The new leadership at Adelaide's Hutt St Centre say it’s “business as usual” as they continue the work of the Daughters of Charity in serving the homeless. Source: The Southern Cross.
Tim O’Callaghan recently took over as board chair and Chris Burns, the current Mental Health Commissioner for South Australia, will commence as chief executive officer next month.
The two men have worked together before, at the Defence Teaming Centre – Mr O’Callaghan as a board member for 12 years and Mr Burns as chief executive for six years – at a time when the DTC was campaigning for the Australian Navy’s ships and submarines to be made locally.
Both are sons of Knights of the Southern Cross, a national organisation for lay Catholic men. Barry O’Callaghan OAM (deceased) was a Knight for 50 years and a founding member of the Board of Southern Cross Homes and Phil Burns has reached the highest echelons of the Knights and is still actively involved.
Mr O’Callaghan said he knew Mr Burns would be a “good guy” to work with and would bring his skills as a “collaborator” to Hutt St Centre.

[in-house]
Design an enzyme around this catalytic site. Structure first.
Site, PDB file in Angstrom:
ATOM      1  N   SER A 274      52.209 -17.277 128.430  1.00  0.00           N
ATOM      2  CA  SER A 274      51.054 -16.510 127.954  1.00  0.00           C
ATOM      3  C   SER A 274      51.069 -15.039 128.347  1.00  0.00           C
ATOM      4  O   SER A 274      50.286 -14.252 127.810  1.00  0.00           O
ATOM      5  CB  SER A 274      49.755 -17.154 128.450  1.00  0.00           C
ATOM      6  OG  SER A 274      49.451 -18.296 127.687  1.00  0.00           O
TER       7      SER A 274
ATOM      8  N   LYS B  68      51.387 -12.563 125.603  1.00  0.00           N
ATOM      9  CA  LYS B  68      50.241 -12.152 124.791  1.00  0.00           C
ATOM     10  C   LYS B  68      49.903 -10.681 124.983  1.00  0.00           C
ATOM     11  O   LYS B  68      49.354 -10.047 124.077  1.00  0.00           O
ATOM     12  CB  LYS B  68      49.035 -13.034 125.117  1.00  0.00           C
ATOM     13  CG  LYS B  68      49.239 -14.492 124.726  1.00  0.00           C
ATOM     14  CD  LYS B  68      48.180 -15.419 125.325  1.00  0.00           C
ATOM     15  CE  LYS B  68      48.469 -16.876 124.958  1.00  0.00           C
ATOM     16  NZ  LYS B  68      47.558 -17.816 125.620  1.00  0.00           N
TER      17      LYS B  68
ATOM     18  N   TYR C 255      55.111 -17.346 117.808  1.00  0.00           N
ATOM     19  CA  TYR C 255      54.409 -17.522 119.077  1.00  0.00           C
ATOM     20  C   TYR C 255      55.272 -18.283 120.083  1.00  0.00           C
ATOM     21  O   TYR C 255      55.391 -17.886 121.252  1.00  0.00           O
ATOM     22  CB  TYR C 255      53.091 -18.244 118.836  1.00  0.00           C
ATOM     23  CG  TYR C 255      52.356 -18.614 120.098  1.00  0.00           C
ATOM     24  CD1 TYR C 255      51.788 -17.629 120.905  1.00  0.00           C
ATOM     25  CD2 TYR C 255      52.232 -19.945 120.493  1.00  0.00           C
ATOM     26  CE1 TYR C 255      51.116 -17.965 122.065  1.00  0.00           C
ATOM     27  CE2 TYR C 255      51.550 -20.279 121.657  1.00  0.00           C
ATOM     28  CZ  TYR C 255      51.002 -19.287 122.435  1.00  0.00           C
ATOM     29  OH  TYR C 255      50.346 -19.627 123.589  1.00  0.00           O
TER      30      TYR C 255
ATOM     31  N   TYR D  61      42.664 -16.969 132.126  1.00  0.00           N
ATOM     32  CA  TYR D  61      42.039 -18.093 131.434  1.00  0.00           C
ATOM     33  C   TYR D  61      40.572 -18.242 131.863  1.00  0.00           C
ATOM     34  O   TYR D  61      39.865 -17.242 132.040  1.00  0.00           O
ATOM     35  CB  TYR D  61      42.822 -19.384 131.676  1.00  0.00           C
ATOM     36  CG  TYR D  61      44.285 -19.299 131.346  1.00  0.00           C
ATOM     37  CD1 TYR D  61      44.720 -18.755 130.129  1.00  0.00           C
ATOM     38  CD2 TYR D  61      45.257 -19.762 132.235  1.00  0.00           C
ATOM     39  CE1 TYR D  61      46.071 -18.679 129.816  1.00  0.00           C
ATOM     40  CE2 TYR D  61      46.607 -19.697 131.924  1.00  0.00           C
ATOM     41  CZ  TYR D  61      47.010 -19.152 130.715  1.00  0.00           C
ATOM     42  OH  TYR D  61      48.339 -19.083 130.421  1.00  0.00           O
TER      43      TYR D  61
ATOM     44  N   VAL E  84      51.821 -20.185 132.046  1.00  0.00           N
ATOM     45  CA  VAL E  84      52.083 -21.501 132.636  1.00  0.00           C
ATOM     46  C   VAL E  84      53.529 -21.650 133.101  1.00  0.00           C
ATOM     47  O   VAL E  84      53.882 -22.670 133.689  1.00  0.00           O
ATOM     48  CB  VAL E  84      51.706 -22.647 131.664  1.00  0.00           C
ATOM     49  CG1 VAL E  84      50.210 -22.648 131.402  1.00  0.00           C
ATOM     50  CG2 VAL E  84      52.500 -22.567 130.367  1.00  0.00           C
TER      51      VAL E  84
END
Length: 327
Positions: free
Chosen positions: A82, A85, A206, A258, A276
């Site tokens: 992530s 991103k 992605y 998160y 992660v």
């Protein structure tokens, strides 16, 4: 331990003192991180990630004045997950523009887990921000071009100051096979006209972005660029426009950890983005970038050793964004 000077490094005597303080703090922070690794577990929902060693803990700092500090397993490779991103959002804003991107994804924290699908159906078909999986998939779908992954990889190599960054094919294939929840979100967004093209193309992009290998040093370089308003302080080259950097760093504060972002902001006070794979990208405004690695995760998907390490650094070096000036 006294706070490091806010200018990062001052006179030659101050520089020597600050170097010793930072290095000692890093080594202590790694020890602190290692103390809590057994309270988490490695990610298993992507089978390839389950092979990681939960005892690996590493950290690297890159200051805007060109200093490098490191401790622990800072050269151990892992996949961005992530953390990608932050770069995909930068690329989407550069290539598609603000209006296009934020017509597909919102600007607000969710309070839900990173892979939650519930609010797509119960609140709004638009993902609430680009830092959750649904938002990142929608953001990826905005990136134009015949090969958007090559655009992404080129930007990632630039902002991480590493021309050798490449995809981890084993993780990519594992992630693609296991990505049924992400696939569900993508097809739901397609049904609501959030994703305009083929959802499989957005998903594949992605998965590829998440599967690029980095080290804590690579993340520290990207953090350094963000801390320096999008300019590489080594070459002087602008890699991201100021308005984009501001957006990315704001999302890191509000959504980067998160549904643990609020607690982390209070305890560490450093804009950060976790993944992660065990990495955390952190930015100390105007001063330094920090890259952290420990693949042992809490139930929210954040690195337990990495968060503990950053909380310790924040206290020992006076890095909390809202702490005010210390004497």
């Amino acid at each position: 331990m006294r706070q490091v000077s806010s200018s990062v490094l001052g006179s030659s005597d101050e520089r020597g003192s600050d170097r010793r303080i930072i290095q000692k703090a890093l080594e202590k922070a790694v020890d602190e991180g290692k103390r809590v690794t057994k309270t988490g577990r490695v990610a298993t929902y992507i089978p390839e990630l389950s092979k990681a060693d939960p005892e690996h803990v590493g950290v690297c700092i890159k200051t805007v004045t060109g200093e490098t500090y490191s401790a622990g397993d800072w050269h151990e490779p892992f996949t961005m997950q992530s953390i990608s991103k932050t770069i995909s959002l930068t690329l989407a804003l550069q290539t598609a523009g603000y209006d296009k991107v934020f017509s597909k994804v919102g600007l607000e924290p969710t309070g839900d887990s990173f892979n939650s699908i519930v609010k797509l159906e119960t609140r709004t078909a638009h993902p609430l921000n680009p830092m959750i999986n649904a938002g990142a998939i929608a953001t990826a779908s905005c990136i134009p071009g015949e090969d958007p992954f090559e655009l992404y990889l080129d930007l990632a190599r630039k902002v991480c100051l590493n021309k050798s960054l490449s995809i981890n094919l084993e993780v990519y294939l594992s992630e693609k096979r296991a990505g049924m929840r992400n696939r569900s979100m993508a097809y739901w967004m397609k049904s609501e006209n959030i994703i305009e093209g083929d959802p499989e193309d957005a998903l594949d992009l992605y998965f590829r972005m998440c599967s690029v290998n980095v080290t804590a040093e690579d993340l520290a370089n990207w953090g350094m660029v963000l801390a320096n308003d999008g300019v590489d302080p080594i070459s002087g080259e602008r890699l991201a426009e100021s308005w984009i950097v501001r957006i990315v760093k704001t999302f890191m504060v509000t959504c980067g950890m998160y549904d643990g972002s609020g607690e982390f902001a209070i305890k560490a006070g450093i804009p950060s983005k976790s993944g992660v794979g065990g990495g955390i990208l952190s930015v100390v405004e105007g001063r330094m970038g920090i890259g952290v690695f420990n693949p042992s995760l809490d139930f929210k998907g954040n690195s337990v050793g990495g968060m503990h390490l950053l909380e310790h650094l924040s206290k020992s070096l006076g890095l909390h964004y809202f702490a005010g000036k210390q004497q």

The men have supported the centre in the past but Mr Burns said it was during his three and a half years as Mental Health Commissioner that he came to appreciate the “key role that the Centre plays in the mental health and wellbeing of South Australians”.
“One of the key tasks I had when I set up the commission was to develop a vision, so we went and talked to people and we thought they’d say ‘too long in emergency departments’ or ‘I can’t get an appointment’ but actually what they said was ‘we’ve lost our sense of community’.
“So our vision was that South Australia aspires to be a resilient, compassionate, connected community, which is exactly what the Hutt St Centre is.”
With 400 volunteers and 76 staff at the centre, Mr Burns is the first to admit that the “experts” are already there and that his role is strategic planning and analysis. “It’s just about making it easier for them to do their job properly,” he said.
Staying connected at Hutt St Centre (The Southern Cross)